USFWS Pacific Flyway Biologist Steve Olson reflects on the wonder of courtship flights
Photo credit: Mike Lentz
When I was a kid growing up in Sartell, Minnesota, I used to see a lot of courtship flights among ducks along the Mississippi River. I used to wonder what that was all about. It was only when I worked for Ducks Unlimited in North Dakota one summer, during my undergraduate college program, that I finally put it all together. This entry chronicles both an epic and essential act of duck biology, and I hope will stir the feelings we all have as duck hunters, birders, biologists, and humans.
Every May without fail, the Missouri Coteau welcomes waterfowl back to its womb of lush long- and short-grass prairies. Most of these waterfowl are drawn, like their mothers before them, to the grasslands where they were hatched. This draw is especially strong in females, who even lead their mates back to this special place. However, some of these females will return to their natal grounds without a predetermined mate, and about the same proportion of males will do the same. This situation, combined with an ever increasing proportion of females laying eggs and incubating nests, creates a discrepancy in the female to male duck ratio. Consequently, courtship flights ensue.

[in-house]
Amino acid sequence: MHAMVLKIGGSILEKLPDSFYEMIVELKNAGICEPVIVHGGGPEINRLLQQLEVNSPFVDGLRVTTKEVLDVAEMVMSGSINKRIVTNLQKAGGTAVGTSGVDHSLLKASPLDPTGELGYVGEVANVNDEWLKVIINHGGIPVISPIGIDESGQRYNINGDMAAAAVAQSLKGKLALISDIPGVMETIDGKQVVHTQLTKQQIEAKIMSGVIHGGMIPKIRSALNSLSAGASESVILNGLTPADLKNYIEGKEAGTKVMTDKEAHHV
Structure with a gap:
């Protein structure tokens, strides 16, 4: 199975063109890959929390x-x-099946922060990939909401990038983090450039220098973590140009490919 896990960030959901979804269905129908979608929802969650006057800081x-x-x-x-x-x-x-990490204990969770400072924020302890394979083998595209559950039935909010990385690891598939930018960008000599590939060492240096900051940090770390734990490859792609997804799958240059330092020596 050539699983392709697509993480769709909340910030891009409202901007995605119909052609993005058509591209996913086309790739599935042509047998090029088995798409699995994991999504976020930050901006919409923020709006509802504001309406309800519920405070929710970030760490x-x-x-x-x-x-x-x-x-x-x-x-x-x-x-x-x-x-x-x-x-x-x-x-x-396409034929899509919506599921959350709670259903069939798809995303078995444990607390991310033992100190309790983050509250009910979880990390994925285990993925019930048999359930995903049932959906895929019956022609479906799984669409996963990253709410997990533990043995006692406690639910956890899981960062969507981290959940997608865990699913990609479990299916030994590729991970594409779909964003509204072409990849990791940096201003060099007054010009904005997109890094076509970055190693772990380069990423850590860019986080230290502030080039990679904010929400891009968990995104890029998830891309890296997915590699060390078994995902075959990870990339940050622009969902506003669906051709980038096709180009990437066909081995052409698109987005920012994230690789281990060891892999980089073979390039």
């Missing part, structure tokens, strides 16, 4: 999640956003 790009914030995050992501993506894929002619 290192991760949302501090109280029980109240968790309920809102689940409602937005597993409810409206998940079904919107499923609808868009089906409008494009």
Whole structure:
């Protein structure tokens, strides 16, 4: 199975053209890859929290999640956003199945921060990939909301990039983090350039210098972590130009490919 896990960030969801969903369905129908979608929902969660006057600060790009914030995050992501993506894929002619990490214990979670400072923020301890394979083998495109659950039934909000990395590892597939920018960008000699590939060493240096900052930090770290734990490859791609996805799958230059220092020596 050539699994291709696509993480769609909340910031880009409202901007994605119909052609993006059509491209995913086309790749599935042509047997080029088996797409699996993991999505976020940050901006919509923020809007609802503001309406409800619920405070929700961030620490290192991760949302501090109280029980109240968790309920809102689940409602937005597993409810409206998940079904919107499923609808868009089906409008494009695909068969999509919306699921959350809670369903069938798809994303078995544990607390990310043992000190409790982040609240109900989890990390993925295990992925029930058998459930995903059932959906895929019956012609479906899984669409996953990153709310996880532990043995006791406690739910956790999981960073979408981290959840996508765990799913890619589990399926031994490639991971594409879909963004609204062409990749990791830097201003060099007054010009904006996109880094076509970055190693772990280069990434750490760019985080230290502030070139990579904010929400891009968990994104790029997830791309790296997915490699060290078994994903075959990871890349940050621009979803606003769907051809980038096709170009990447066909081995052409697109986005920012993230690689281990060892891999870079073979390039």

Courtship flights, in my mind, are the most graceful act of male competition in the animal kingdom. The emphasis is on finesse and endurance, instead of brute force and strength. Female ducks essentially try their best at eluding all of their suitors, sometimes up to a dozen at a time. They’ll fly erratically, performing almost impossible aerial feats, expecting nothing less than their equal. And one by one, the males will descend from the sky, in defeat. In the end, only the fittest, most athletic and competent male will remain. This victory has been well fought, and the female will rest, assured her offspring will bear half the genes of a victorious male.